Amandus Derr states that: “When water is changed into wine at the wedding at Cana, Jesus proclaims the radical abundance of God. The results are copious. The quality is not just adequate but “the best.” With this sign, Jesus inaugurates the new creation. In that new creation, the abundant best is the least we can expect.”
God’s radical abundance is made manifest and is the least we can expect. From an economic standpoint we don’t have issues with supply… our world creates enough for all. There is enough food, there is enough water, there are enough resources, there is enough… what we have is a distribution issue. Largely because we look through the lens of scarcity rather than the rose-colored glasses of abundance.
What could our lives look like and how might we impact our world if we shifted our frame of mind from scarcity to abundance? What could Living Word accomplish if everyone here gave abundantly? If we celebrated our successes and our abundance, rather than fixated on our flaws and the perception of scarcity?
This Lent we will have the opportunity to find out as we have another Congregational Hunger Fighting Campaign. During Advent we had a Food Giving Challenge which brought in 3,879 pounds of food (not counting the hygiene items we also donated that are critical to human dignity). This equaled 3,233 meals which will be distributed by the Houston Area Food Bank to our communities. This Lent I challenge each and every one of you to do more. Over the course of the 40 days of Lent let’s double our efforts and give out of our abundance. 1 in 7 people suffering from hunger is way too many. 1 person suffering from hunger is way too many.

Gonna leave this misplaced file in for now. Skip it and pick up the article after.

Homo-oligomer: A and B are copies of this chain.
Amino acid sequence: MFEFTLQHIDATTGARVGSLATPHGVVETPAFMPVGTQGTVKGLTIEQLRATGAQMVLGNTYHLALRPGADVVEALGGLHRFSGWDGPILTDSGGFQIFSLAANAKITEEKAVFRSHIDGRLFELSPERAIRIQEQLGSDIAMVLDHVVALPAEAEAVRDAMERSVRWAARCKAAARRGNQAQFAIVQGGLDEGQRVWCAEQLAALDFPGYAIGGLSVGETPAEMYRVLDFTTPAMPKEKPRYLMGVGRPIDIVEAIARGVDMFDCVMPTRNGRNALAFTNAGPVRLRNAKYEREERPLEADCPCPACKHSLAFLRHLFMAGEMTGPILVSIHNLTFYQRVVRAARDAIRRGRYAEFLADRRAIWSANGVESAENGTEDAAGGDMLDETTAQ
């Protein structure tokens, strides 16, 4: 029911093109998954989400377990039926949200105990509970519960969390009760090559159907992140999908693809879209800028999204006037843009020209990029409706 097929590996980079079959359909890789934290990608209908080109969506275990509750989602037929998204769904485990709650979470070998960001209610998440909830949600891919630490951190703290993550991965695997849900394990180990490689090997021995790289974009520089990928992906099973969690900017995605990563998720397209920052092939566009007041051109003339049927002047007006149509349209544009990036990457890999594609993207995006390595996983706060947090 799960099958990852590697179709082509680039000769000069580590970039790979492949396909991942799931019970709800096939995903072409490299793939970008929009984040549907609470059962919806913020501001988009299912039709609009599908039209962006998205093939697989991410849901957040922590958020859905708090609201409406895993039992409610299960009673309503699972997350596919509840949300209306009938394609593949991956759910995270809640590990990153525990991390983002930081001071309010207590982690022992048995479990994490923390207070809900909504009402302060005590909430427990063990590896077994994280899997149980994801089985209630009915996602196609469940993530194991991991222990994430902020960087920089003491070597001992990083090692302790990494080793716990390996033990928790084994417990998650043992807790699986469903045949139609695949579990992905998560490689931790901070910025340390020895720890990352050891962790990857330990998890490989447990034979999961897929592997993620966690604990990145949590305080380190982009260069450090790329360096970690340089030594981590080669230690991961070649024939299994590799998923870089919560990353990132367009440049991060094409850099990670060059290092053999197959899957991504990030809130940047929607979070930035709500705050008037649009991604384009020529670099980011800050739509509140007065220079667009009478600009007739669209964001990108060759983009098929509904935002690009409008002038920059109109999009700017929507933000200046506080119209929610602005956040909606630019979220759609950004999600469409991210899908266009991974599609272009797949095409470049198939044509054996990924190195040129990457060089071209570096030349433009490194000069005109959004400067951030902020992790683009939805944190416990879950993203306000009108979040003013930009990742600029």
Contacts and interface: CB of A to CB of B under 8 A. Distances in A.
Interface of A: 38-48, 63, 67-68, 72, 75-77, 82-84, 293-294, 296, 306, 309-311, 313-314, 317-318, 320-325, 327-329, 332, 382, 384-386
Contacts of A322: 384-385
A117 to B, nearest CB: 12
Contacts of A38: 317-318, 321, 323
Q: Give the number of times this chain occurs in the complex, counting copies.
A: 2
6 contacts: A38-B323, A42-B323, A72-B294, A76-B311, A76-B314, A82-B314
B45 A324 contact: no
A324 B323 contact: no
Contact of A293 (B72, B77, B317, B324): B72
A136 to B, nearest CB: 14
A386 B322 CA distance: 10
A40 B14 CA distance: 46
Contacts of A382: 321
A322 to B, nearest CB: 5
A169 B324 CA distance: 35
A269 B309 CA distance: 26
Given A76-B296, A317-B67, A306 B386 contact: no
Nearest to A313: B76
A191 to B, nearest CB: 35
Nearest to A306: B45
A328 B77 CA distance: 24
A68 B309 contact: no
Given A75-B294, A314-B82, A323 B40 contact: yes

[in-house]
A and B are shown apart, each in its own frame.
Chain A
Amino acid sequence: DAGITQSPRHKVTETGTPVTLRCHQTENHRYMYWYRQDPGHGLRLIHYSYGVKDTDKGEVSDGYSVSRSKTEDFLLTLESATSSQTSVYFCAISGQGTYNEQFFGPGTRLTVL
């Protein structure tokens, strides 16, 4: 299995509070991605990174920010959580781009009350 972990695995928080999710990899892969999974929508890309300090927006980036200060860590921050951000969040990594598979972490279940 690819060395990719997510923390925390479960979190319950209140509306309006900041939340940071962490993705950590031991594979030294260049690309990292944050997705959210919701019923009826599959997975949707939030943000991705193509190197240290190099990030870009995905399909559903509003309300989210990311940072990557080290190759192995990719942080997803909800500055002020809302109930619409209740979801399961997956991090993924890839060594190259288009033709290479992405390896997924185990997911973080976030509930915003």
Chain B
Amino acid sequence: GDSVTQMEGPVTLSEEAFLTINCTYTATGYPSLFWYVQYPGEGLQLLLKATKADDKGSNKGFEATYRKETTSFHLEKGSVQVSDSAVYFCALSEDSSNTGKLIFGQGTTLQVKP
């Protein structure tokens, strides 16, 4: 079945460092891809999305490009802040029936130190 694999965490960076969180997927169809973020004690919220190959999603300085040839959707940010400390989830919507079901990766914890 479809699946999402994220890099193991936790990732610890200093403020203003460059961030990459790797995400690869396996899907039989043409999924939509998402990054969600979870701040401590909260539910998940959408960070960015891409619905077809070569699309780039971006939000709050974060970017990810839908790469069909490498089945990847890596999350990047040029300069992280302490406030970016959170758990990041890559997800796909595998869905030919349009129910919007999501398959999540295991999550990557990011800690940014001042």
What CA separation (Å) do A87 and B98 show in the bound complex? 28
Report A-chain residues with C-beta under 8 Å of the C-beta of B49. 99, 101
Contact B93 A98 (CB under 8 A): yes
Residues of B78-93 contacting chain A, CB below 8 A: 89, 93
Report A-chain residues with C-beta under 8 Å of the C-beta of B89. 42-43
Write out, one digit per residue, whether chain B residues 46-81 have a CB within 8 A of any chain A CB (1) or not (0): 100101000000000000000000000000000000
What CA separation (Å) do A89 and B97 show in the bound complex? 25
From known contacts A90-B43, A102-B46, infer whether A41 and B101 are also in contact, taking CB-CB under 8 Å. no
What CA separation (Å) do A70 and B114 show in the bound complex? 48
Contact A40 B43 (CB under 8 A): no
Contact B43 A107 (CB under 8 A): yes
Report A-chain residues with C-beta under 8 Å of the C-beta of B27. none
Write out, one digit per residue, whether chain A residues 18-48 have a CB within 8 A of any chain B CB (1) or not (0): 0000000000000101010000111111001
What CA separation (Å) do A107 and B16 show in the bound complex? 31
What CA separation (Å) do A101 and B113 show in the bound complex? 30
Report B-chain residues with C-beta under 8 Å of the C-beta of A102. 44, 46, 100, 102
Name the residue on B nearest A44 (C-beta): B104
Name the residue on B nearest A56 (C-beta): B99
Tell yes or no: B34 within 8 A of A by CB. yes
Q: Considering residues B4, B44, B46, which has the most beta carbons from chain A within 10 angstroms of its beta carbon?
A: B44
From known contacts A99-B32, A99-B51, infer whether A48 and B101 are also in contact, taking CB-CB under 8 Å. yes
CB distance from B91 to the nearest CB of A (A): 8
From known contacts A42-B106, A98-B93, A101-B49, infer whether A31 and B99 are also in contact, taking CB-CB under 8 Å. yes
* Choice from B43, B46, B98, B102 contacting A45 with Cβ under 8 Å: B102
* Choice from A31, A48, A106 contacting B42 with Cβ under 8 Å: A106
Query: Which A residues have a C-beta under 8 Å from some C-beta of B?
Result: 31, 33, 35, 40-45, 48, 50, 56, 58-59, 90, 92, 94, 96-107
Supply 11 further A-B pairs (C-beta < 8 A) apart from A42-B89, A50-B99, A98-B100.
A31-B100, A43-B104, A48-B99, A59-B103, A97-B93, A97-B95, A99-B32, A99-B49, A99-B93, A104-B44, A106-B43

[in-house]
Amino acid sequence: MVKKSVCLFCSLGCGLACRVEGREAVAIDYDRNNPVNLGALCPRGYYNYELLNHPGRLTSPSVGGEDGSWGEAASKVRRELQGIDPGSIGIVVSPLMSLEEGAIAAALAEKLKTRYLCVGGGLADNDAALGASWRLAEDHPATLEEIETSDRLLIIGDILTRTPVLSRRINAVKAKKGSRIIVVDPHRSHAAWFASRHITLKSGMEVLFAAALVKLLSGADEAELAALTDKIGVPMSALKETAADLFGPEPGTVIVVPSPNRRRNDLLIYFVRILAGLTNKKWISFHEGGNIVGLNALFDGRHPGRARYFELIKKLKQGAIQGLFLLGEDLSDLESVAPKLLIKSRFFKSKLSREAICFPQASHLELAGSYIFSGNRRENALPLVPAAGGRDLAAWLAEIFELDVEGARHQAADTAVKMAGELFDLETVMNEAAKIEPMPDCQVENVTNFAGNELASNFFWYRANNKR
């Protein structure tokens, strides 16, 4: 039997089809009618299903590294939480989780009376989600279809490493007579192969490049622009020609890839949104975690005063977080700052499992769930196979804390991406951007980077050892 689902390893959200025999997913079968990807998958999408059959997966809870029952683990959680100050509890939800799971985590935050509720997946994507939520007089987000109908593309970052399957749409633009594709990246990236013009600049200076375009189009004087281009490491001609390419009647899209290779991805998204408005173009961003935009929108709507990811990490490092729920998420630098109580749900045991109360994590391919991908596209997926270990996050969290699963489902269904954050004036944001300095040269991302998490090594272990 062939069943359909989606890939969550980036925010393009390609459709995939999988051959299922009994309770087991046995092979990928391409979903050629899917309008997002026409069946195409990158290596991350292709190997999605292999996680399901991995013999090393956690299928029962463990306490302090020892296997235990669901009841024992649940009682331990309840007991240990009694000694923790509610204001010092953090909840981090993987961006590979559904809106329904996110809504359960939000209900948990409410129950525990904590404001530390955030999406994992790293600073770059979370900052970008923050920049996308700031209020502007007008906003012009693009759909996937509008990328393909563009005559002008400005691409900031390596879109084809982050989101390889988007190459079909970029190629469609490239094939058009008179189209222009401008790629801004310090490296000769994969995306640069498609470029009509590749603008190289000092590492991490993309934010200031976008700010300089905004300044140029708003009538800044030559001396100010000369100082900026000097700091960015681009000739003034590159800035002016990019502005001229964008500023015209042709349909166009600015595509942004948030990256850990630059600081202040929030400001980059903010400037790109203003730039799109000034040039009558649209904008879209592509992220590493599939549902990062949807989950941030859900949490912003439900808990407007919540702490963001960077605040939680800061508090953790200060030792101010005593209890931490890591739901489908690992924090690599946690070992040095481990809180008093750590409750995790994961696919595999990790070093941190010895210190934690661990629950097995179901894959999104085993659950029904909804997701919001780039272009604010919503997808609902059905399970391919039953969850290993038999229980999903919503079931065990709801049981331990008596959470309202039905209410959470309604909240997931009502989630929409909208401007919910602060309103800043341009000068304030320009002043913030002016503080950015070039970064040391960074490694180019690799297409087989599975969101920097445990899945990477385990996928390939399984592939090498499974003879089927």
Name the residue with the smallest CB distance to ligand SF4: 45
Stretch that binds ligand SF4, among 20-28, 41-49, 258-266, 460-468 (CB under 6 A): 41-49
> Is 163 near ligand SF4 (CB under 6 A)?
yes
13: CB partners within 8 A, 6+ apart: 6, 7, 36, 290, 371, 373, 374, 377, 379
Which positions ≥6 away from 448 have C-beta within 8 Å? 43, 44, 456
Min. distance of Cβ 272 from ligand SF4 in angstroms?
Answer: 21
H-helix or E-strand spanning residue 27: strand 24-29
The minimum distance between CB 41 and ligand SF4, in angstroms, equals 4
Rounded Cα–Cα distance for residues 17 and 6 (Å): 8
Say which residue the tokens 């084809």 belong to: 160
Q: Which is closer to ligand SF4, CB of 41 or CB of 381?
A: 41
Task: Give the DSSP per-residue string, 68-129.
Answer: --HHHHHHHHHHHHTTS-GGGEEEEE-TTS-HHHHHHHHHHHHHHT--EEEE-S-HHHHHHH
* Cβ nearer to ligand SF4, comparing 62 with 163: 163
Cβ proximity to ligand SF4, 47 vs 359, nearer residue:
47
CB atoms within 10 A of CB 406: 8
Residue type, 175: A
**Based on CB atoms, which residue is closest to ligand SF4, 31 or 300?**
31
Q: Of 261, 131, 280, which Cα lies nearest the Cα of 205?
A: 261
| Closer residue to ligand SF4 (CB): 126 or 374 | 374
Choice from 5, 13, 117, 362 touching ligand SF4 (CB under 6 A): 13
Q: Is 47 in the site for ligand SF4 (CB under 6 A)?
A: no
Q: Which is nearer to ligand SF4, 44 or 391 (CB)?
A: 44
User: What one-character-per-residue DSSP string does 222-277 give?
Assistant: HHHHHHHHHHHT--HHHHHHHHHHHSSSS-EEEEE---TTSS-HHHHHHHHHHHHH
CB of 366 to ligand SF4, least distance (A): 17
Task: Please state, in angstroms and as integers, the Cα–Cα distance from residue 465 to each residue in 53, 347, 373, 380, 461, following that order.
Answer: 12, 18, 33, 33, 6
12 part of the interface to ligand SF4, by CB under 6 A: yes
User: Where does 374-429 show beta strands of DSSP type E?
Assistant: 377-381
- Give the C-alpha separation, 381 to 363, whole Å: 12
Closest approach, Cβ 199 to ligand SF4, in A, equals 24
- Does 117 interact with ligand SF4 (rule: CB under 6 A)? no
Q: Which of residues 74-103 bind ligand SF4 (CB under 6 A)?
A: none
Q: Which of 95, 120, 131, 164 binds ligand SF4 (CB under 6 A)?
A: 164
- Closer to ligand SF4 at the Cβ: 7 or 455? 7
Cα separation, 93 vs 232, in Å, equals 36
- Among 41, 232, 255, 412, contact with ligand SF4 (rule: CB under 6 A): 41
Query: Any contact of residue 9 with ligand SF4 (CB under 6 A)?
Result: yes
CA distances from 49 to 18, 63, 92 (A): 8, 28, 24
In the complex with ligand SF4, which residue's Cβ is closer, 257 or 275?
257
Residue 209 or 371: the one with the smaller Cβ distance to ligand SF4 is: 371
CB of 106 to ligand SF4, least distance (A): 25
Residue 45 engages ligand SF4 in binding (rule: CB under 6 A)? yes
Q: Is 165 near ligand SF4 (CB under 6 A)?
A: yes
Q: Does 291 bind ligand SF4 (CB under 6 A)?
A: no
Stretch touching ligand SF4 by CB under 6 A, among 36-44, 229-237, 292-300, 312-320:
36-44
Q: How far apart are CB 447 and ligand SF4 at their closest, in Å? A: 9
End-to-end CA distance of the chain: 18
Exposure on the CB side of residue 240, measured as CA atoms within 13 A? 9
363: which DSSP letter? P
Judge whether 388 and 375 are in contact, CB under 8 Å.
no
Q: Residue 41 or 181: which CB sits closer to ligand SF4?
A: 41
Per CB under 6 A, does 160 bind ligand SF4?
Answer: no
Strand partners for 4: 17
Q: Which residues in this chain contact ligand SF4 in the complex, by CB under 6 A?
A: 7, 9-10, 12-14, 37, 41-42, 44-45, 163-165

I would like to leave you with one more statement by Amandus Derr: “When we live our lives by the myth of scarcity, we are never satisfied but always wanting. When we live our lives by the myth of scarcity, we are always in competition with every other form of life on the planet. In the story of water turned wine, we are given a powerful new narrative by which we can live new lives. We can be generous. We can take risks. We can act like guests at a wedding feast, filled with thanksgiving and joy.”
It is time to stop fixating on our flaws and our perceptions of scarcity and focus instead on our successes and God’s radical abundance in our midst.